New testing lab in Yakima will help catch illegal pesticides on marijuana
Those in the cannabis community who feel that all cannabis is safe, you're wrong.
The state of Washington requires testing for mold and bacteria, but never for illegal pesticides -- until now.
A new lab will now help reduce pesticides from entering the marketplace.
"Its consumer safety we want to make sure that the products that are being grown in the state of Washington and are ending up with the consumer are safe," said Department of Agriculture assistant to the director Ignacio Marquez.
The Washington State Liquor and Cannabis Board is paying the Washington State Department of Agriculture about $1.1 million to test for pesticides in this Yakima lab.
Two WSDA employees will be dedicated to testing around 75 samples a month.
Each sample will be analyzed for 100 or more pesticides to determine if the product is healthy.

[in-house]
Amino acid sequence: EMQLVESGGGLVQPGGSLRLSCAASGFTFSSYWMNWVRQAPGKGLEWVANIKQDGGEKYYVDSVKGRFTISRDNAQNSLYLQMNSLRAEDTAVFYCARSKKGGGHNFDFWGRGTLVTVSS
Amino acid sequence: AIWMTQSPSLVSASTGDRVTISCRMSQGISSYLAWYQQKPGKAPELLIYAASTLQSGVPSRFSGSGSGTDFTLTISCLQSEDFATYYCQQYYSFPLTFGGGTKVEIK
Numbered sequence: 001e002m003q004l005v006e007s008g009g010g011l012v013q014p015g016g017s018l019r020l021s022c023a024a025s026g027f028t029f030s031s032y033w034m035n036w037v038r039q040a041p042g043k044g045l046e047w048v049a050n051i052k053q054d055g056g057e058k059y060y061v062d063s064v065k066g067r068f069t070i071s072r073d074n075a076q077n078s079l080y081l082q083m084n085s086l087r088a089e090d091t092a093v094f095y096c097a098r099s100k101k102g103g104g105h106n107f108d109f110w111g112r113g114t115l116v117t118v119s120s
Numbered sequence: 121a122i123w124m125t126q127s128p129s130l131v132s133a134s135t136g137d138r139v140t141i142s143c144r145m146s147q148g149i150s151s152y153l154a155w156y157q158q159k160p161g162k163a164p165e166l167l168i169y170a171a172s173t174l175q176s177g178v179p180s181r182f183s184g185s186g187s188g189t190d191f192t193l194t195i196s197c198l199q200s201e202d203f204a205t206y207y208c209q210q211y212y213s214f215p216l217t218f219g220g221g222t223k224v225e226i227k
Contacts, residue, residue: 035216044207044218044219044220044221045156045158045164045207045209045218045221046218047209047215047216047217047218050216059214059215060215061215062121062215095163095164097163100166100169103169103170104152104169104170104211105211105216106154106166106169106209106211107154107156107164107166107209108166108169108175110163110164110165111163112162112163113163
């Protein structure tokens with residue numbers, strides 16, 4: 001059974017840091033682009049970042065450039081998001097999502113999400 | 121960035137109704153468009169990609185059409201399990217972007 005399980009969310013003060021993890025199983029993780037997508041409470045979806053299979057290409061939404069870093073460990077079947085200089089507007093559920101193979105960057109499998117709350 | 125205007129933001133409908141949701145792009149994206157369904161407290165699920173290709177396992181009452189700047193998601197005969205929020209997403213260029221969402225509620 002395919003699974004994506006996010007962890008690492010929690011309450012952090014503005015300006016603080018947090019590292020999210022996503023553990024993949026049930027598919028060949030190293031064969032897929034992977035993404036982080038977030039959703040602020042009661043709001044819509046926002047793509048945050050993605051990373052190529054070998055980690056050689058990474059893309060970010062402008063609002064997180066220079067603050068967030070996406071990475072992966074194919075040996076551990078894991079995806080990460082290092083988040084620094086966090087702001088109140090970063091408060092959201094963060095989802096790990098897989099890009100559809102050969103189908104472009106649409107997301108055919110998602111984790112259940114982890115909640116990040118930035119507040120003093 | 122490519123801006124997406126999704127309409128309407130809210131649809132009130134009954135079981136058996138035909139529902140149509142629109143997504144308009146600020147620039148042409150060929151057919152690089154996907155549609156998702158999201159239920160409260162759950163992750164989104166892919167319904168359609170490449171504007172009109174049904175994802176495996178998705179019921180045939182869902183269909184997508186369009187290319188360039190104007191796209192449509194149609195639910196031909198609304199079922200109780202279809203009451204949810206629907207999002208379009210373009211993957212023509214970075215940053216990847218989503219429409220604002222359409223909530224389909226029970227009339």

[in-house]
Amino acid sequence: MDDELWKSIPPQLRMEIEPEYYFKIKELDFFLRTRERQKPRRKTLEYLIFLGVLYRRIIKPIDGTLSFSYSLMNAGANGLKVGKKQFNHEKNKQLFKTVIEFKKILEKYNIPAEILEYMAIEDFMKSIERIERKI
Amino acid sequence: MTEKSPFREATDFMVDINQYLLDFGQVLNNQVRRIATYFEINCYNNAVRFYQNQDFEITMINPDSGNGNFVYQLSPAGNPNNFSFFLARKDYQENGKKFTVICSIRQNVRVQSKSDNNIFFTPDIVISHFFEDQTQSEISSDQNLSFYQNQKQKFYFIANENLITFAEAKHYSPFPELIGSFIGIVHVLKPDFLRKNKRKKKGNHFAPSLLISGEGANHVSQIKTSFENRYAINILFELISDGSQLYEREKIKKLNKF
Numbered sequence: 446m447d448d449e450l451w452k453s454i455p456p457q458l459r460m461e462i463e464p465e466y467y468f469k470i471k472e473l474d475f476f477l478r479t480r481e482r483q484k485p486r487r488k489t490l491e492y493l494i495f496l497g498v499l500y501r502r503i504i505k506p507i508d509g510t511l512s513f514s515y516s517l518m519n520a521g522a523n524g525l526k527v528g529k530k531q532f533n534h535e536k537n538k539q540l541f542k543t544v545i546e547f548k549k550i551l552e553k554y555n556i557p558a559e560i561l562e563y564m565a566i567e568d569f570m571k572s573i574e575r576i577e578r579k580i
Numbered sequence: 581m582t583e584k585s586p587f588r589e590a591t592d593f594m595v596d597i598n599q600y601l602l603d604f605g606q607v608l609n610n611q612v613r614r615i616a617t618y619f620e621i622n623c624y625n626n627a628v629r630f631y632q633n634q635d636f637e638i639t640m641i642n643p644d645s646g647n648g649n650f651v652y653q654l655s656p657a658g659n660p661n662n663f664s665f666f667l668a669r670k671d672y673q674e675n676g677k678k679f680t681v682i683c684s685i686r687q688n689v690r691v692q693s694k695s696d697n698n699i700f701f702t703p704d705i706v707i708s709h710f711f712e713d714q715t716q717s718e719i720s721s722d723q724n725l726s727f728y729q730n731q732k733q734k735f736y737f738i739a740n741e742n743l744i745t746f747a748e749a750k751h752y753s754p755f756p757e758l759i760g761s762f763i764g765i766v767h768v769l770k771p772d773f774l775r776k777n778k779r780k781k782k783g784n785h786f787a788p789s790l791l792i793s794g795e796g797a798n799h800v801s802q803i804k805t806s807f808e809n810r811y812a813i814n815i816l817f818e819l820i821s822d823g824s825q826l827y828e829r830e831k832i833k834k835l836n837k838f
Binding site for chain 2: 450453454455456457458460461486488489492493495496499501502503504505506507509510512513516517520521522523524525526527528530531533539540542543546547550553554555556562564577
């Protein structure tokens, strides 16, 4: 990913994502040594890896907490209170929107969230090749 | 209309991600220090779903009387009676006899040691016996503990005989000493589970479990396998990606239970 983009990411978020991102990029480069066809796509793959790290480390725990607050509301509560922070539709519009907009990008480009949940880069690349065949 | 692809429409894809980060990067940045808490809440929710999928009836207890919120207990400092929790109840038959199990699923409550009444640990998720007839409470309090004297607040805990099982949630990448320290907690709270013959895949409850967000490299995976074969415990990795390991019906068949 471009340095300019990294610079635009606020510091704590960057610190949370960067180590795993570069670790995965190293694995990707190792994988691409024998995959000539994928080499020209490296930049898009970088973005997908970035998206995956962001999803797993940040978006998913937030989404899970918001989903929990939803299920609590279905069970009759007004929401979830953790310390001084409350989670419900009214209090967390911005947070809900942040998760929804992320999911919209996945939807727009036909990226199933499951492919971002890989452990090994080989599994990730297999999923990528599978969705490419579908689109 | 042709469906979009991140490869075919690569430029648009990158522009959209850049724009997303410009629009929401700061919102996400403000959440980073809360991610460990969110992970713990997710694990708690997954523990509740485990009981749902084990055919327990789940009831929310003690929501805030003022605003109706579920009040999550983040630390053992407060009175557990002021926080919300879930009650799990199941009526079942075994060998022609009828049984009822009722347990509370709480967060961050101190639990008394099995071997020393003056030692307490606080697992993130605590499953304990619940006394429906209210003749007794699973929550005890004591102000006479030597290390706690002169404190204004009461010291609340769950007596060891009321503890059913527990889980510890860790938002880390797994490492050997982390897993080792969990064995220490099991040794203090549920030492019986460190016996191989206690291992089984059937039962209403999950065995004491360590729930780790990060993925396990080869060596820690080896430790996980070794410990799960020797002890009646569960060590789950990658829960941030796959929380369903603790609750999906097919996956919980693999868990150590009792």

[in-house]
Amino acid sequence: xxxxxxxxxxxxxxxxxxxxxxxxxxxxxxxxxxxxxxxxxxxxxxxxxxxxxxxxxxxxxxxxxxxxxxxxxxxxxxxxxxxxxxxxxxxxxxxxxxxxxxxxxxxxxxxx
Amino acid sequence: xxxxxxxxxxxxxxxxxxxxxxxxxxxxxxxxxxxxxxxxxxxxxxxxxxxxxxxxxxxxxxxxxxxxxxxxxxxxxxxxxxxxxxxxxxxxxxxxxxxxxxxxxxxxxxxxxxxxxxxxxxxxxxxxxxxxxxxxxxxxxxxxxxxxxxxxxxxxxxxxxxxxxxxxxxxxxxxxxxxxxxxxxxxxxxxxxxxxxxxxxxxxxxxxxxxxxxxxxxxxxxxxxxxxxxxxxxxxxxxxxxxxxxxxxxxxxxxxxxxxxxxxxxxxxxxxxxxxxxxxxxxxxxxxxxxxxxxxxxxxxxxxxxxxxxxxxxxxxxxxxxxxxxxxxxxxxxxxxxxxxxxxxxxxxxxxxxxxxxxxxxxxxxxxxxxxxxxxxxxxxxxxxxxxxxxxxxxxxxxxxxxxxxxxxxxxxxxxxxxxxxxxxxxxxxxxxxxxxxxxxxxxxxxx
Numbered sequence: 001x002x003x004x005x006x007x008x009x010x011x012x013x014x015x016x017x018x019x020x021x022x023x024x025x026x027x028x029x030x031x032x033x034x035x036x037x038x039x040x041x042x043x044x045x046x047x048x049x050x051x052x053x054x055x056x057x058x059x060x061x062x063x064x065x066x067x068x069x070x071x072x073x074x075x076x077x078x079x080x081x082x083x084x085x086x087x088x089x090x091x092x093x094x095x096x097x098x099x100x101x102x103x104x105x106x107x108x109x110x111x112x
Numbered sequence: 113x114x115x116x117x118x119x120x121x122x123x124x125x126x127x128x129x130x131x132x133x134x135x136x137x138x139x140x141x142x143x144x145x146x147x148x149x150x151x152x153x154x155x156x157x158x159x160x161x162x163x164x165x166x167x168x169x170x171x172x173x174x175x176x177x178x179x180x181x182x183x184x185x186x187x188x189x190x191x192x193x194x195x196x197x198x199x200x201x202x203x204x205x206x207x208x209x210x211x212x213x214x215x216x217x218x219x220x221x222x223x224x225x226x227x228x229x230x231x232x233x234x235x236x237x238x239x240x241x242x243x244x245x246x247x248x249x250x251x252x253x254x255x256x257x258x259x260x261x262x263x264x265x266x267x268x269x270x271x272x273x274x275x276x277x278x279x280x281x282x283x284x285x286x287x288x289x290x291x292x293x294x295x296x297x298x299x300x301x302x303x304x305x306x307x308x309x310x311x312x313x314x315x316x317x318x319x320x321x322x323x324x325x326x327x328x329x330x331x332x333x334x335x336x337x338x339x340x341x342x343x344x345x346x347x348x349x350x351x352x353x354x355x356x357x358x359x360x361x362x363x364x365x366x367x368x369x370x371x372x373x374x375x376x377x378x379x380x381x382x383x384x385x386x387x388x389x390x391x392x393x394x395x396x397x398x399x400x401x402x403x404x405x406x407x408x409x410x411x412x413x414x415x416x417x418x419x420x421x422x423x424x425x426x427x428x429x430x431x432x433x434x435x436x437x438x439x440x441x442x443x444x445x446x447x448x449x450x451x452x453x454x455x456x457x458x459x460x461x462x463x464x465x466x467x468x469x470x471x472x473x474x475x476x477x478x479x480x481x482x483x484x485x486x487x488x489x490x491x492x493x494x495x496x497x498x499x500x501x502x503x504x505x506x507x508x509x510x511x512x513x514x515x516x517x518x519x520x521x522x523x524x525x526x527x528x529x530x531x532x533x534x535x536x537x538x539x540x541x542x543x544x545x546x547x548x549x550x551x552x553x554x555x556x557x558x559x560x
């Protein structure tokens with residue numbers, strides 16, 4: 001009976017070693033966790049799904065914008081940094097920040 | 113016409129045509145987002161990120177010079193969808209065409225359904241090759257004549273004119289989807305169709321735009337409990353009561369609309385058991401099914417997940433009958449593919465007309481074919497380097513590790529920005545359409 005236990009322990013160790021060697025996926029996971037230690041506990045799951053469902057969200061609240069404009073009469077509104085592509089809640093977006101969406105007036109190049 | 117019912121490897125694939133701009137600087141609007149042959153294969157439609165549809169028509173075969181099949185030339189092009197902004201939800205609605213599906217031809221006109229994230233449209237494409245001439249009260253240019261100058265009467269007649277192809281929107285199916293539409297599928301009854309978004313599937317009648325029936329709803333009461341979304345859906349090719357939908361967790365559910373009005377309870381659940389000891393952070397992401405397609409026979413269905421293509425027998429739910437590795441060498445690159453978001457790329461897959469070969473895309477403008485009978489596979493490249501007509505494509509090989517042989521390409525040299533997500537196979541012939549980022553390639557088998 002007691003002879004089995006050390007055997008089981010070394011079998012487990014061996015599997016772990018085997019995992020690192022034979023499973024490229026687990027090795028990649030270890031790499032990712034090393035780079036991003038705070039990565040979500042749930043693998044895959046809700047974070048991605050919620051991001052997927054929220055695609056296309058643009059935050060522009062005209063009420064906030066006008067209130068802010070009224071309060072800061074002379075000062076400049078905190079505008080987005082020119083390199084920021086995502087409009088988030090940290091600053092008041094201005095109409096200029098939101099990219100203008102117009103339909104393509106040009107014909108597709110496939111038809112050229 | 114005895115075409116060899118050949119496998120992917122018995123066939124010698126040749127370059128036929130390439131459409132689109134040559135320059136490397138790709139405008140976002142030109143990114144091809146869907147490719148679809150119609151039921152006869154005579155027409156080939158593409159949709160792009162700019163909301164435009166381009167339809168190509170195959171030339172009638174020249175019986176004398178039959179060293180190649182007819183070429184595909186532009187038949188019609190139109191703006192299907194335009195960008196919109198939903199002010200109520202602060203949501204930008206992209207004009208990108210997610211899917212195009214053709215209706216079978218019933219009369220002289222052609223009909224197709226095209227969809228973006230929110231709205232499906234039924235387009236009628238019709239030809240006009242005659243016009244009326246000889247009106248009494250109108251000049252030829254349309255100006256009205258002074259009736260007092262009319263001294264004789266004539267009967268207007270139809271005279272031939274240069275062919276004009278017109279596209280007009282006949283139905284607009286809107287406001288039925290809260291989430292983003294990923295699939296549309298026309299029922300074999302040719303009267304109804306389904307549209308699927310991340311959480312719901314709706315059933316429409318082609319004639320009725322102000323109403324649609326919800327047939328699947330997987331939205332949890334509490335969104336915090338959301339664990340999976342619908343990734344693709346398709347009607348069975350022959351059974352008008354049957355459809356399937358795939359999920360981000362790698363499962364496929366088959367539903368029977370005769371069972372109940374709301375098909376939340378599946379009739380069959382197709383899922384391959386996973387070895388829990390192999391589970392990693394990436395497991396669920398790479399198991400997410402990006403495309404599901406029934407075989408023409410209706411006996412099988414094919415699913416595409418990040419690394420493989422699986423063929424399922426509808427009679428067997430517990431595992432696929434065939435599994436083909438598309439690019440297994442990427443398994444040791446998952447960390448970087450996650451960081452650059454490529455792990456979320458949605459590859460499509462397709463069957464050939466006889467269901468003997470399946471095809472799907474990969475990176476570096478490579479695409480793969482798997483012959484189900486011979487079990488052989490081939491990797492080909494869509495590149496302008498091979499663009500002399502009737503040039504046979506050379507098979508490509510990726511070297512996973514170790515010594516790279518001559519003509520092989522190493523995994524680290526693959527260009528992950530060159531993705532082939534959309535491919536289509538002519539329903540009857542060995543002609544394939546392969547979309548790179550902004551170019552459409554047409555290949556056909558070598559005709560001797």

"The liquor board is doing more of a complaint driven checking on these producers," added Marquez.
The Washington state liquor and cannabis board reports 1722 marijuana producers with a total of 74 in Yakima County
WSDA will test the products based on a list that they came up with along with the environmental protection agency.
They’ve determined that about 330 products are reasonable to apply on marijuana, a list that they've shared with the industry.
"Those that are outside that list if it shows up on the testing then we will take enforcement actions," said Washington State Liquor and Cannabis Board deputy director Peter Antolin.
The first of its kind agreement that state officials said will help the industry be mindful of how they grow marijuana.
"We felt that we had to take a proactive approach to try to again ensure that we have a healthy product reach the consumer," added Antolin.
WSDA will report results to the Washington State Liquor and Cannabis Board 15 to 30-days after delivery of testing samples.
Anyone with three violations within a two-year period will risk losing their license.
We did reach out to happy times in Yakima to see how they feel about the new testing---and they said it's a great way for them to keep fresh product on the market.
It's also a way for them to sell quicker as they will be able to get faster results.